As I mentioned in Part 2, most of the companies that organize whale shark tours to Oslob also include side trips to Tumalog Falls and Kawasan Falls. Both of these have their own entry fees, but are typically included in the organized tour cost.
After swimming with the whale sharks, we took a short, 10 minute drive to Tumalog Falls to rinse off the seawater. Along the way up to the waterfall you are treated to an incredible view.
However, the van cannot drive down the steep road all the way to the waterfall, so it parks about a 15 minute walk away. You can also elect to take a ride on a motorcycle down to the falls. It’s cheap, 30 pesos one way or 50 round trip. The walk down isn’t bad, but the walk back up can be brutal.
When you arrive, you’re greeted to a truly amazing view of Tumalog Falls. I went during the dry season, so the waterfall is mostly dried up, but I think it’s just as stunning.
The water is only knee deep, and quite cold! But it feels great to wash off the saltwater and cool off by standing right under the falls.
We weren’t at Tumalog more than 30 minutes or so before it was time to walk (or bike) back up the hill. I’ve done both. It’s definitely a decent hike, but even being out of shape I survived without too much trouble. Still, the motorbike ride is well work the $1 or so it costs.
After getting back to the van, we headed back for lunch. Lunch was typical Filipino fare, spicy chicken soup, pork belly, chicken adobo, fish, and rice. I tried everything except the fish (not much of a seafood fan), and it was all very tasty!
After lunch, we headed to Kawasan Falls, which is about an hour’s drive away from Oslob, in a town called Badian. Once you arrive, you again have to walk to reach the waterfalls. As with Tumalog Falls, you can also pay to ride the 1.5 kilometers on a motorbike. I elected to walk, and was treated to some amazing scenery.
Kawasan Falls actually consists of three separate waterfalls. The first is the most popular, with clear, cool water and a spectacular waterfall. There are tables you can reserve for a fee, and you can also order food and drink. There are also rafts you can take around the pool and under the waterfall, for a fee of course. It’s very, very crowded and I would recommend hiking farther up to the 2nd set of falls, which has less tourists.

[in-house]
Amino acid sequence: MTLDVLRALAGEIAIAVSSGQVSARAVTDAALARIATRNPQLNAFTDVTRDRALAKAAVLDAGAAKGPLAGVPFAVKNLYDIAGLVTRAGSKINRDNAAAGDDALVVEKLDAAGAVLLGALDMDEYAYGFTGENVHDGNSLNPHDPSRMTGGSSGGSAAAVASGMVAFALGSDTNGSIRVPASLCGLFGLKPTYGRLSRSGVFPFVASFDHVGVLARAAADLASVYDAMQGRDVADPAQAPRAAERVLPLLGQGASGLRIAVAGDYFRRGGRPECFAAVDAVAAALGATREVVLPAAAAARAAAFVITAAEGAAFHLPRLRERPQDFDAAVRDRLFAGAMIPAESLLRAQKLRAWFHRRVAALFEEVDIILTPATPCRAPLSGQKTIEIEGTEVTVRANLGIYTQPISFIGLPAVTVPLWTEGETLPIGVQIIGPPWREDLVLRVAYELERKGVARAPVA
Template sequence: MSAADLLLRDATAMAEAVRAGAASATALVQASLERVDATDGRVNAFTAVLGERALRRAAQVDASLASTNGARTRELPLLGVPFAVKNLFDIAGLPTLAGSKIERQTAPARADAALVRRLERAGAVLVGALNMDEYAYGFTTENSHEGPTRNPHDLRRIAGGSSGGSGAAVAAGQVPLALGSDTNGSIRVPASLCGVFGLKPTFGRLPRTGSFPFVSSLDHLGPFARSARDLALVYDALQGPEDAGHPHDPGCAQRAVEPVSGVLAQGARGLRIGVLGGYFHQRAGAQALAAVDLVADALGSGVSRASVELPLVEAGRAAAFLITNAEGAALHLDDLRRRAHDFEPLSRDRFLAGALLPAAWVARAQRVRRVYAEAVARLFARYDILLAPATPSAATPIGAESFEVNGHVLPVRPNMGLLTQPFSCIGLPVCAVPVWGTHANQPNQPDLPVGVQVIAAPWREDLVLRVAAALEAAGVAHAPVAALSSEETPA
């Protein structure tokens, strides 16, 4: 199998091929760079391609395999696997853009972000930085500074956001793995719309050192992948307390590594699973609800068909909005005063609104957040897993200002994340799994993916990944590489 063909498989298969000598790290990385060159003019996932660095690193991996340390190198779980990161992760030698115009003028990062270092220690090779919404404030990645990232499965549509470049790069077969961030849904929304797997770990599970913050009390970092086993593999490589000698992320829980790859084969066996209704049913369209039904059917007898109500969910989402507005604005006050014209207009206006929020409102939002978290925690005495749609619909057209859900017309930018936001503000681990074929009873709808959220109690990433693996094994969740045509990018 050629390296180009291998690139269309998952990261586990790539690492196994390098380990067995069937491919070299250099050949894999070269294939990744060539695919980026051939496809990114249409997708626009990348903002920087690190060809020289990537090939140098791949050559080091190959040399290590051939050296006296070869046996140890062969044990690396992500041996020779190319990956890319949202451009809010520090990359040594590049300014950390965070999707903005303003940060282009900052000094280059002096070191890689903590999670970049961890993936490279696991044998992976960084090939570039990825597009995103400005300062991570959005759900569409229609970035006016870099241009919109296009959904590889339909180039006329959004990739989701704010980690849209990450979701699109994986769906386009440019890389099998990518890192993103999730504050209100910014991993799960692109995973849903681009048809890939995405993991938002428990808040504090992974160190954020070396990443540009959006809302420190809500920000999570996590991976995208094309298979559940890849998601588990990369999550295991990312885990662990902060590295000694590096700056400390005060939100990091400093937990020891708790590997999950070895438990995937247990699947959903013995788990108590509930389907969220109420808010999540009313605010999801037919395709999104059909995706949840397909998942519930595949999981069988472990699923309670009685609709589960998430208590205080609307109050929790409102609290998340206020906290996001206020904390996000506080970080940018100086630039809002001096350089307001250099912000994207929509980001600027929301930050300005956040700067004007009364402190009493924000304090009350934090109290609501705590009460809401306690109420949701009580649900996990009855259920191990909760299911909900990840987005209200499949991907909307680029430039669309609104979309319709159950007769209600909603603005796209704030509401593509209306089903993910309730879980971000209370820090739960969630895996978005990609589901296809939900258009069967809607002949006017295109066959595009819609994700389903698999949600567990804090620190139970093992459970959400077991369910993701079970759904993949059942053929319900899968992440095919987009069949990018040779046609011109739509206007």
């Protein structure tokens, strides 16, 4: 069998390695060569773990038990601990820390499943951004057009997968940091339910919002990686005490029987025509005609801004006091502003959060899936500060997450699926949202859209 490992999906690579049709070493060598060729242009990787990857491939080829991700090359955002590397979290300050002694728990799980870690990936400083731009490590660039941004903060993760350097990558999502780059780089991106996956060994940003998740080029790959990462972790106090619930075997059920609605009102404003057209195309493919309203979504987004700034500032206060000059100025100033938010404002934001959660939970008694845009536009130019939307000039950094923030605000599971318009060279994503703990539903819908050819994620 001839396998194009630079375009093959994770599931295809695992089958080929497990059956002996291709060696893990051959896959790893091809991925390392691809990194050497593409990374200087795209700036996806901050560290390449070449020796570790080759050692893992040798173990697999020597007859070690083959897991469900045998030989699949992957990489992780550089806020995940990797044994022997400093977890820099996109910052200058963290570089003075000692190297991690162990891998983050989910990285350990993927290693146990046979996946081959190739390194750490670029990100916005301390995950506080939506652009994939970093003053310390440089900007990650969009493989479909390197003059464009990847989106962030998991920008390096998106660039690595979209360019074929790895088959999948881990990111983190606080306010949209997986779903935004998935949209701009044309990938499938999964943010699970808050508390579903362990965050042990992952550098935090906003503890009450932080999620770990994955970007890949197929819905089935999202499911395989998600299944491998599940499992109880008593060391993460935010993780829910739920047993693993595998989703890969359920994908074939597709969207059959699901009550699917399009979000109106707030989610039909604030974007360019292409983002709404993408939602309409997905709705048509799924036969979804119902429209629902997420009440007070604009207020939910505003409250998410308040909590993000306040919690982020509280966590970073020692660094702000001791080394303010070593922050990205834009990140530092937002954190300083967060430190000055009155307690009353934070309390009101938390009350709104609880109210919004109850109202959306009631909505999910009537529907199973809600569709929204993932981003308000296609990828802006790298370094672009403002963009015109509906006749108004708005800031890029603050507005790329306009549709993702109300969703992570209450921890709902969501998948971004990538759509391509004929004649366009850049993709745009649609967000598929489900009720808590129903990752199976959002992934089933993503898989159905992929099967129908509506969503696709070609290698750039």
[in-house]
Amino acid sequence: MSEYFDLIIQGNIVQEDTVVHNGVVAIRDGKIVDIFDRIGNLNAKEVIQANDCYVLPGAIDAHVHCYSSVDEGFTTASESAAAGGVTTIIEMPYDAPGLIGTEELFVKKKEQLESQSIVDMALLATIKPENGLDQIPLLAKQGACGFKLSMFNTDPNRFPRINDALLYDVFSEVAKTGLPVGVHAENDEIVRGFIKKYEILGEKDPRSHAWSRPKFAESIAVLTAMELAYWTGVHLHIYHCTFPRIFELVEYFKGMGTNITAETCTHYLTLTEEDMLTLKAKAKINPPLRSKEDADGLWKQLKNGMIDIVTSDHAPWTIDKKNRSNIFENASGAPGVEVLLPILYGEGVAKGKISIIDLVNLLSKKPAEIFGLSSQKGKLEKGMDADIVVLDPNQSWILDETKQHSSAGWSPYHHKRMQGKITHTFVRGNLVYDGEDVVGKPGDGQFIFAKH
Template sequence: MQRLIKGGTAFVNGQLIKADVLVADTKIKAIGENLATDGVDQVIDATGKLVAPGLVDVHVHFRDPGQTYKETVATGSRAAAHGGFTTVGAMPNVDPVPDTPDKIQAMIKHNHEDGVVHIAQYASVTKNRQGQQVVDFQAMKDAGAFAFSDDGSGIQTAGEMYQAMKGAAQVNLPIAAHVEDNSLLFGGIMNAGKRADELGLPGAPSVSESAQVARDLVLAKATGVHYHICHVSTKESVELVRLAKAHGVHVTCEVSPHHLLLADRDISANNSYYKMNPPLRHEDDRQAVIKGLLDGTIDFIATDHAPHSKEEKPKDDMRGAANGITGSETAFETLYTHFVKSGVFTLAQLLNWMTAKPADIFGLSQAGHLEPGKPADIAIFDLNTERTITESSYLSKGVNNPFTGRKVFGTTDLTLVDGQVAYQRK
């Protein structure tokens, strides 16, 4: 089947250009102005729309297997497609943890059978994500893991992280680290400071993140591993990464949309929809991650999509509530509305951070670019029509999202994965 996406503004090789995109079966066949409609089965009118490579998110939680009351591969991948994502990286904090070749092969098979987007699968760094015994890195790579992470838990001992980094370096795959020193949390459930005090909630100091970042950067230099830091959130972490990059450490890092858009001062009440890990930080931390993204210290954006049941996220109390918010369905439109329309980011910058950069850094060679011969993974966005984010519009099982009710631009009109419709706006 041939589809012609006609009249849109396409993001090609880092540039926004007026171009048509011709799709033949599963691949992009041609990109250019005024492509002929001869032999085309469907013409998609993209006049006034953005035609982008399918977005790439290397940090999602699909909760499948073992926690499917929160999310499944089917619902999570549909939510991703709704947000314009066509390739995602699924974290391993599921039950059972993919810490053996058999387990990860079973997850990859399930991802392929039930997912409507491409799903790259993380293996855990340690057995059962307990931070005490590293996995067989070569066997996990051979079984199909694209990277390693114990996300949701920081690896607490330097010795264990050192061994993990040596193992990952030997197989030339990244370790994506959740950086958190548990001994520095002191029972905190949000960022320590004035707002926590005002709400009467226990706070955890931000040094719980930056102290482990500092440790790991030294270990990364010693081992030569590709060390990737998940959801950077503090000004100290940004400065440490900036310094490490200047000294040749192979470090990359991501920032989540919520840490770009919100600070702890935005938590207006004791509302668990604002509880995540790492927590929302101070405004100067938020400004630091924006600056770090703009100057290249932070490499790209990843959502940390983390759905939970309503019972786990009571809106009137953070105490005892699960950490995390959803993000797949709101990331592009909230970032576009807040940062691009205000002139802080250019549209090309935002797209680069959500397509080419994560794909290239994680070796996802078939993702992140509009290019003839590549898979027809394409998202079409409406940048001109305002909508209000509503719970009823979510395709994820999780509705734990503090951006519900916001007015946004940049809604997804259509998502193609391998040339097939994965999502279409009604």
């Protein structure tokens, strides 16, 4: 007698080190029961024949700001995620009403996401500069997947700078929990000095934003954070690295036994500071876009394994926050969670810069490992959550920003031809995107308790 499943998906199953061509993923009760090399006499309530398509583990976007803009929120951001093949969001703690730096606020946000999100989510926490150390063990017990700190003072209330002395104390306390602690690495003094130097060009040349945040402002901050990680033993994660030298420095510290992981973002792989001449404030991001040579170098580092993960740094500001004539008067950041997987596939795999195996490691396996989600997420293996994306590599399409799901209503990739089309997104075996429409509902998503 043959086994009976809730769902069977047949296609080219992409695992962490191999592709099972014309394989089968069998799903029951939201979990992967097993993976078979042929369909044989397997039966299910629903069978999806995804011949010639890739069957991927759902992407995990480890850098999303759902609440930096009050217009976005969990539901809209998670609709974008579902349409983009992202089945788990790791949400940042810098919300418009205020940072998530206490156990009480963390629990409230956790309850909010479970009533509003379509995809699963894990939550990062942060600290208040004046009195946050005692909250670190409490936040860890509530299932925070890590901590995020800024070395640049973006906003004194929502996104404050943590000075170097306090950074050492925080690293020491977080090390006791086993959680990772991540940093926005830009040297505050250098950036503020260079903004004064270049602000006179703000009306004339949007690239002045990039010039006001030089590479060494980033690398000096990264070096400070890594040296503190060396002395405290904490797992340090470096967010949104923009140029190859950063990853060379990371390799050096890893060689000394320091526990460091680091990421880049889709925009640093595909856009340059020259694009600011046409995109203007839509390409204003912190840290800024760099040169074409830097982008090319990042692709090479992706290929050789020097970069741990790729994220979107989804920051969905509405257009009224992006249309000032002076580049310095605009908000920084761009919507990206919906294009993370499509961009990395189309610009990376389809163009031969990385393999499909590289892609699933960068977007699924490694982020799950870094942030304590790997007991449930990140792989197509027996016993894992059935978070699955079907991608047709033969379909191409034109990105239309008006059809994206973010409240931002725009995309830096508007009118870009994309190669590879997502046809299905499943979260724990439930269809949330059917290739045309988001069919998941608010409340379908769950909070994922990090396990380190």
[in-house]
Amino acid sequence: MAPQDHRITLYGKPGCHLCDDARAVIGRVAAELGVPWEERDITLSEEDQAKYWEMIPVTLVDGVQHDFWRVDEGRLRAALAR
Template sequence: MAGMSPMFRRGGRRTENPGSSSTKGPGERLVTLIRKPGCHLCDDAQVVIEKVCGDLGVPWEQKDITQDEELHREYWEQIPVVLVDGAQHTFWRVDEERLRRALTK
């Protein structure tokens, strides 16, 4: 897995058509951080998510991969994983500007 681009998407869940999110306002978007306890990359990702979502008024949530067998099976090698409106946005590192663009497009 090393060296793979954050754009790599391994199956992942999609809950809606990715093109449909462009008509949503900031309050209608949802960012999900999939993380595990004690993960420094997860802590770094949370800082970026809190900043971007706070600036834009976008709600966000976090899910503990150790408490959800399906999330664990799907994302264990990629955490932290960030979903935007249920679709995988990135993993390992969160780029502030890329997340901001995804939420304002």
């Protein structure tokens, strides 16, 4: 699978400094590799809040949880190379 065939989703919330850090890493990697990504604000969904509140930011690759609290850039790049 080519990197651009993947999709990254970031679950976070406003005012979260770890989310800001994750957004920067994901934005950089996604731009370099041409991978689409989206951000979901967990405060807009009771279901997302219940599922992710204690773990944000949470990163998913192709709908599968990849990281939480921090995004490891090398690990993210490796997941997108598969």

The hike isn’t easy, and I would highly recommend having water shoes or a good pair of sandals. Flip flops aren’t a wise choice. The second level has similar seating and food options, and a huge pool for swimming. It also has a rope swing, and three different platforms for cliff jumping, ranging in height from 20 to 50 feet.
The biggest reason most people come to this second level is to cliff jump, or canyoneer. The 50 foot jump is accessed by yet another hike, this one steeper than the last. Once at the top, you’re shown by a guide where to jump from to safely land in the water below.
It definitely looks higher than 50 feet once you’re standing looking out over the edge, and a few people in our group elected to move to a slightly lower jump. Some, however, took the plunge.
I was nervous, but I figured the footage with the GoPro would be pretty incredible. So I went to the edge and jumped.
The 50 feet went by quite quickly, and I was going about 25 mph when I hit the water. I was leaning backwards a bit when I hit the water, and bruised my tailbone pretty good. The water was about 30 feet deep, but I still touched bottom. It was definitely an amazing experience.
Over the next couple hours many in our group jumped from various heights, and I gave the 20 foot jump a shot.
Here’s a video showing off some more footage from the snorkeling with the whale sharks, as well as cliff jumping.
Next time I’ll talk about a trip I took to one of the most beautiful beaches in the world, the island of Boracay.